SHARON: I can always count on my fellow authors to make me smile. No one understands a writer like another writer.

CAROL ANN: Do you believe the pen mightier than the sword?

SHARON: I can speak from personal experience as far as the pen being mightier than the sword. I have been through so much in my life and have found writing to be great therapy. Blogging is a personal journal where I can share my triumphs and burdens. I write in two different genres, suspense and inspiration. Writing stories of inspiration makes me feel good, a way of giving hope to those reaching out. And when I feel shall we say less than inspired, I just run out and kill someone in the wonderful world of fiction!


CAROL ANN: I love it! Okay, let's do some imagining here. Picture this. You are sitting in a restaurant with several friends when someone thrusts a microphone in your hand. You have one minute to give a message of hope to the world. What will you say?

SHARON: Never give up on a dream. Dreams come true for those who believe in magic and miracles. Take a lesson from the Irish and spin a tale of Blarney once in a while. Laughter is good for the soul. Keeping traditions alive from generation to generation is the greatest gift we can leave when we depart this earth. Treasure family and friends by making your house a home. Make guests feel welcome with a pot o tea or a cup o Irish coffee. Regale over good times, count your blessings—and never lose sight of the simple things. But most of all, never forget to count your blessings. They far outweigh the burdens.

CAROL ANN: I always like to learn something about my guests that most people wouldn't know. So here's my question. What do you have under your bed?

SHARON: **LAUGH** Besides dust bunnies? Shoes. I love shoes and love to collect them. I also keep a penny jug which also has a collection of buttons, seashells and single earrings that have lost their mates. I have several boxes with “stuff” that I might even sort out one of these days! Old cards and keepsakes, gifts from old boyfriends, some old CDs and many many pictures and albums from different vacations. Oh…and my fluffy purple slippers…perfect for these frigid Pittsburgh mornings!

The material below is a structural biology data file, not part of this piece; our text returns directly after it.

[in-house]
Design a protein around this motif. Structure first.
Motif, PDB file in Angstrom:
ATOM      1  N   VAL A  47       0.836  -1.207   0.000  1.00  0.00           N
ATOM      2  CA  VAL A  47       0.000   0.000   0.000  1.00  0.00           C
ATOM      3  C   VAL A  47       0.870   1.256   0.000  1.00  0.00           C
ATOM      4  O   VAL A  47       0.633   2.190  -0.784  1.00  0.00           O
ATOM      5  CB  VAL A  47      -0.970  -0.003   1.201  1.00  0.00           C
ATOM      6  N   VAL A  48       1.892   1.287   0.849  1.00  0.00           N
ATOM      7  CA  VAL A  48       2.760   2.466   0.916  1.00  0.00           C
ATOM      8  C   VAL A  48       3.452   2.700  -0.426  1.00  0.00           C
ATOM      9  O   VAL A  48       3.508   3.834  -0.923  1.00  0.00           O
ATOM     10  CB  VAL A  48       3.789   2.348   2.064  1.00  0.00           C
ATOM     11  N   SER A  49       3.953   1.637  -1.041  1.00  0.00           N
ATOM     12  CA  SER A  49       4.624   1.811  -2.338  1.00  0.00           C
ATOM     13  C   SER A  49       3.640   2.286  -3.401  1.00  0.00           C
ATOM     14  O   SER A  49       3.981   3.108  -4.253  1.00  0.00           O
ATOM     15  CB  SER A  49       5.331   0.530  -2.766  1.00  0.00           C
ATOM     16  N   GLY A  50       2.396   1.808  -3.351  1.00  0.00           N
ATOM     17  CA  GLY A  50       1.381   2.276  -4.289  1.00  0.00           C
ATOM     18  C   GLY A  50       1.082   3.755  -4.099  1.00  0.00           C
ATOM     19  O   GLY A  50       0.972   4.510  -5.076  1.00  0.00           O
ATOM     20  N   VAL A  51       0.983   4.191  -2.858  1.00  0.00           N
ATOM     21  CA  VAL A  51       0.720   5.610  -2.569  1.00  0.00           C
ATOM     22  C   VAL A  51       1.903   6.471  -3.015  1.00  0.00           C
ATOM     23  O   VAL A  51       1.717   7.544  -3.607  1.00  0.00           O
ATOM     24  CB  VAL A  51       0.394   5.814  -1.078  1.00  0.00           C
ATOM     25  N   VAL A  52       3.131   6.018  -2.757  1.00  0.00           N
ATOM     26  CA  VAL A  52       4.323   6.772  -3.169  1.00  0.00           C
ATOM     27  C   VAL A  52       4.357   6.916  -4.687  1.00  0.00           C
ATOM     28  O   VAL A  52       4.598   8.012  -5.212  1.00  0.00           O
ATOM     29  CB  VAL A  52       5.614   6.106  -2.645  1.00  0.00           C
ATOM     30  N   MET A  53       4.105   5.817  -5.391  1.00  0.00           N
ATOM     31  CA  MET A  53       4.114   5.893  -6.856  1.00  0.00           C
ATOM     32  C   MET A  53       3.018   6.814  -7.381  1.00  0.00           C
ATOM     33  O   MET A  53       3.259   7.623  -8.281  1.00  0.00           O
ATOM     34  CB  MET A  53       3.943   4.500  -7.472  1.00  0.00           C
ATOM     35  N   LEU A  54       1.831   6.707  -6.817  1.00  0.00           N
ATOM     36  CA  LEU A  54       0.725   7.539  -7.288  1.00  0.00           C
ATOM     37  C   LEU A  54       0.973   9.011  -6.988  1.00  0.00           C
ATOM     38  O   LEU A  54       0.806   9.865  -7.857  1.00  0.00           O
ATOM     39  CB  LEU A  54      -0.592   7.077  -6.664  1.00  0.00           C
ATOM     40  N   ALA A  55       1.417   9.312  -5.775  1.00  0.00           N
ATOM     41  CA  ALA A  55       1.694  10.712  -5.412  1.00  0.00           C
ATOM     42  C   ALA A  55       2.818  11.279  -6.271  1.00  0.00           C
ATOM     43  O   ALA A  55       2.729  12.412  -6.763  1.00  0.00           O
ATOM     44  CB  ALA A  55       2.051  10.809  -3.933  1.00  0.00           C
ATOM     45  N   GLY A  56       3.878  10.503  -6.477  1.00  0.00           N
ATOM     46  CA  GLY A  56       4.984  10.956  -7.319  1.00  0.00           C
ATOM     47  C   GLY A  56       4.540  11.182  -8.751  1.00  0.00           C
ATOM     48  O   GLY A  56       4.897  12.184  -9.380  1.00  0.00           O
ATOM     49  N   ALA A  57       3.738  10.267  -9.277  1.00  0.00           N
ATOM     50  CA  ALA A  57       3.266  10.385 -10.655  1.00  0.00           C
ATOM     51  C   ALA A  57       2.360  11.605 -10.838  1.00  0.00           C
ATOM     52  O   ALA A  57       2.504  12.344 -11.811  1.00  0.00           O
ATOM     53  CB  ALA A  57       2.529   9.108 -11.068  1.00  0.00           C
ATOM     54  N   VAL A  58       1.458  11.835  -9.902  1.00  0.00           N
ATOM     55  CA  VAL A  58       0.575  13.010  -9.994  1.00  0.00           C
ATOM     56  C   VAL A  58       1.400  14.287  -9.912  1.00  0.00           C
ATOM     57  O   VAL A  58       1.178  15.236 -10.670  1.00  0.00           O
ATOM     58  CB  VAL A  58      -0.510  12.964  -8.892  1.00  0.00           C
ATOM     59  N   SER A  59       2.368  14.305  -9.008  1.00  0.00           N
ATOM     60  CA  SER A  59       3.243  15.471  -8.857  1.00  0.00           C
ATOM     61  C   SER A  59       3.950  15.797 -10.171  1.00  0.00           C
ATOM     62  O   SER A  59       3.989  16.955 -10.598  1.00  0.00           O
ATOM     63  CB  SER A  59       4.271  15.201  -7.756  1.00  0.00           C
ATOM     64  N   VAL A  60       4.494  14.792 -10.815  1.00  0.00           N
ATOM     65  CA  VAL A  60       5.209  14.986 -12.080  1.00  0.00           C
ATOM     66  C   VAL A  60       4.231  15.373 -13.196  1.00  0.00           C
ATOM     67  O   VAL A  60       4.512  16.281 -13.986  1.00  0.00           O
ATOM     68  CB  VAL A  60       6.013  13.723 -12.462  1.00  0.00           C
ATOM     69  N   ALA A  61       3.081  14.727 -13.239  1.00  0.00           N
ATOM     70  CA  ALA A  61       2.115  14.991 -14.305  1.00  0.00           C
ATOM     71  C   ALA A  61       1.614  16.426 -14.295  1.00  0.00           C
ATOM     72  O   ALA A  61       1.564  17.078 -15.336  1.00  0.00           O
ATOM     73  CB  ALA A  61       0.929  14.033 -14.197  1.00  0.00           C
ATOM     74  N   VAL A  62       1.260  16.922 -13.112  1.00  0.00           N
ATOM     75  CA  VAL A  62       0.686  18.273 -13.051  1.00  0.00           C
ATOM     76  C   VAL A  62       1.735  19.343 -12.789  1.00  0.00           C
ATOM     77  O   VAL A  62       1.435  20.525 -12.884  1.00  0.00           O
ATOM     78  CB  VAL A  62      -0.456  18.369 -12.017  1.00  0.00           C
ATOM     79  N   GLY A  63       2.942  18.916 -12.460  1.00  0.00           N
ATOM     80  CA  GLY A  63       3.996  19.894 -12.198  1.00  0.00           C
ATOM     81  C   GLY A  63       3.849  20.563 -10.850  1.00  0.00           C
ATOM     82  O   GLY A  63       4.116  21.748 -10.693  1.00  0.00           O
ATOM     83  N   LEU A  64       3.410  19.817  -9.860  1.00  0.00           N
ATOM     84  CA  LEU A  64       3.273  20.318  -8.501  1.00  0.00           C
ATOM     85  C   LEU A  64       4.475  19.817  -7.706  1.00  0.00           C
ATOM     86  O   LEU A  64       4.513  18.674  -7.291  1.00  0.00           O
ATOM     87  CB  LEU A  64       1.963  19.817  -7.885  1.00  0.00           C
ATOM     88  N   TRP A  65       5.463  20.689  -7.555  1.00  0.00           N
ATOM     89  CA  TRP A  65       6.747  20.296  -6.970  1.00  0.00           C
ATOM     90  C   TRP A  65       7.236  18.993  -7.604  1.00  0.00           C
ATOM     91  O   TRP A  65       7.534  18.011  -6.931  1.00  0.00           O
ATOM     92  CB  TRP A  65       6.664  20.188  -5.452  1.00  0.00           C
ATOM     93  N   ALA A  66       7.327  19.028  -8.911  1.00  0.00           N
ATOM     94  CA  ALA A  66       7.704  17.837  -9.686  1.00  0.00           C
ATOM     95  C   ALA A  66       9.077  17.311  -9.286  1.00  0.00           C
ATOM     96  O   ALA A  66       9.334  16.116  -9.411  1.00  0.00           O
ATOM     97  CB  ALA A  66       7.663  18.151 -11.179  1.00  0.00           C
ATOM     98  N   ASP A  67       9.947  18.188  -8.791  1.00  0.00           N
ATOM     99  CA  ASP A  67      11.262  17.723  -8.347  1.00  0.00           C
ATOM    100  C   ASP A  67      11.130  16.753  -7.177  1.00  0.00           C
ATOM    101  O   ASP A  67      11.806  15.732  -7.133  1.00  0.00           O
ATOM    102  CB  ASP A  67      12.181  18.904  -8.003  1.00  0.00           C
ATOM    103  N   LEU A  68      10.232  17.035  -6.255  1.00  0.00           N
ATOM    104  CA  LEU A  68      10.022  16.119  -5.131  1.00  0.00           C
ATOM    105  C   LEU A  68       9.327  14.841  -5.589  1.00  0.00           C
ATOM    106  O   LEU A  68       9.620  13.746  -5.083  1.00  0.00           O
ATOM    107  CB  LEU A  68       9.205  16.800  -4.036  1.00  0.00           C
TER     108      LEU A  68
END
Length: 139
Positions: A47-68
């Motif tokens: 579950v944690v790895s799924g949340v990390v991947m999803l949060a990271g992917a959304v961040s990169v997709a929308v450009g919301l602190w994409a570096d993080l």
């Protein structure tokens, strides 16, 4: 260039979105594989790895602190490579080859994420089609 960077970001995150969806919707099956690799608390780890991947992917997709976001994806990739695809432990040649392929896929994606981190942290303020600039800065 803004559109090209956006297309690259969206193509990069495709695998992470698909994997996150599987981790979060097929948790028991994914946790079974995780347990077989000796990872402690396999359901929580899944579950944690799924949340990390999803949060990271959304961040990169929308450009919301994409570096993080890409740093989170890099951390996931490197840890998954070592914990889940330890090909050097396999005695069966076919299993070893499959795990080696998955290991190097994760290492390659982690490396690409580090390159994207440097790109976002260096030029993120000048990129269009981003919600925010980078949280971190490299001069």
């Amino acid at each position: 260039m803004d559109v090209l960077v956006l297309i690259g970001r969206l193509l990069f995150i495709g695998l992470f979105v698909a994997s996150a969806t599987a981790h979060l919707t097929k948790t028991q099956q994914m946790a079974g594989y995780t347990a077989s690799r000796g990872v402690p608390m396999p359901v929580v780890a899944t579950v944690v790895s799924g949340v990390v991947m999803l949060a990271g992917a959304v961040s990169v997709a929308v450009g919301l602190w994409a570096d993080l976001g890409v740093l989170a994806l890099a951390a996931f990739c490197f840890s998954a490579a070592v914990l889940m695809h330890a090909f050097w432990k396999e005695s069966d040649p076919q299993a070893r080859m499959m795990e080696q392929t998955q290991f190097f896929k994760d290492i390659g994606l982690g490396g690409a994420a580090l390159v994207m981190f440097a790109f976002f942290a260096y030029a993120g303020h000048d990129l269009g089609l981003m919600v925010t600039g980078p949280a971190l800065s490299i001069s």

CAROL ANN: Purple is my favorite color! I have some fluffy slippers too, but they are pink. Okay, now one more personal question. Who is the hero in your life?

SHARON: My hero is a heroine. She is my guardian angel—a gold charm I wear around my neck. She never left my side in my darkest hour. I had a fatal illness and was not expected to survive the scheduled brain surgery.

A prayer chain was started the day before the surgery. After being sedated and wheeled down to the operating room, there was a lot of fuss. Nurses were concerned because my neurologist was very late. These were the last words I remember before dozing off from the initial sedation. When I opened my eyes, my doctor was standing over me, smiling. He said he was up all night going over my MRI and decided against the surgery. He said in his professional opinion, I would not have survived the operation. He decided to combat the massive infection raging through my brain with an aggressive antibiotic, to be distributed intravenously for six hours a day for one month. The side effects were worse than chemo.

I got through, never once taking off my angel. But still, my prognosis was very uncertain. Doctors gave me six months. That was 1996. It took three years to regain my strength, but I beat the odds. I had the endless support of family, friends and an incredible team of doctors. But mostly, it was through God’s healing and my guardian angel. I am living proof miracles happen.

CAROL ANN: Wow, that gives me goosebumps. What a wonderful story about faith and God's healing miracles. Thanks for sharing that with us.


CAROL ANN: I can't believe our time is up already! I have so enjoyed having you share with us today. You are a true inspiration in so many ways. Before we have to leave, would you share where the audience can learn more about you and your books?

SHARON: My website is Please visit my website for a sneak preview of what I’m working on including a memoir about the loss of my vision. You can also read about my stories of suspense and inspiration. And don’t forget to sign up for my newsletter on my website. Thanks so much for the great interview, Carol! It’s been a pleasure.

CAROL ANN: The pleasure is mine, Sharon. Best of luck to you. Audience, don't forget to check out this book for St. Patrick's Day!